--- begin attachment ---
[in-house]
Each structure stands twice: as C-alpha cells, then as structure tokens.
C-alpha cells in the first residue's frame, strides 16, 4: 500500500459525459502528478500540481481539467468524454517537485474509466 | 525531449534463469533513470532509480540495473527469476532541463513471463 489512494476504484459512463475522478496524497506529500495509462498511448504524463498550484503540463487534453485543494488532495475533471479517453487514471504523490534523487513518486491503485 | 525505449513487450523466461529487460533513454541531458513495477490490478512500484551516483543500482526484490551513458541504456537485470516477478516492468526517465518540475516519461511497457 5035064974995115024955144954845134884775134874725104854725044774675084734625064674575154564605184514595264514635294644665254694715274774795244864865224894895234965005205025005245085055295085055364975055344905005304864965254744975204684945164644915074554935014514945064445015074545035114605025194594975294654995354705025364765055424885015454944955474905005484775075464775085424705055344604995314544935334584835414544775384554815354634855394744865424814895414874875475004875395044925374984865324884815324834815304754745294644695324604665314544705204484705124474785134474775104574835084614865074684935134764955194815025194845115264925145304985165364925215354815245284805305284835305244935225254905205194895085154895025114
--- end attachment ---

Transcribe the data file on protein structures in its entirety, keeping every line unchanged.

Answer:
[in-house]
Each structure stands twice: as C-alpha cells, then as structure tokens.
C-alpha cells in the first residue's frame, strides 16, 4: 500500500459525459502528478500540481481539467468524454517537485474509466 | 525531449534463469533513470532509480540495473527469476532541463513471463 489512494476504484459512463475522478496524497506529500495509462498511448504524463498550484503540463487534453485543494488532495475533471479517453487514471504523490534523487513518486491503485 | 525505449513487450523466461529487460533513454541531458513495477490490478512500484551516483543500482526484490551513458541504456537485470516477478516492468526517465518540475516519461511497457 5035064974995115024955144954845134884775134874725104854725044774675084734625064674575154564605184514595264514635294644665254694715274774795244864865224894895234965005205025005245085055295085055364975055344905005304864965254744975204684945164644915074554935014514945064445015074545035114605025194594975294654995354705025364765055424885015454944955474905005484775075464775085424705055344604995314544935334584835414544775384554815354634855394744865424814895414874875475004875395044925374984865324884815324834815304754745294644695324604665314544705204484705124474785134474775104574835084614865074684935134764955194815025194845115264925145304985165364925215354815245284805305284835305244935225254905205194895085154895025114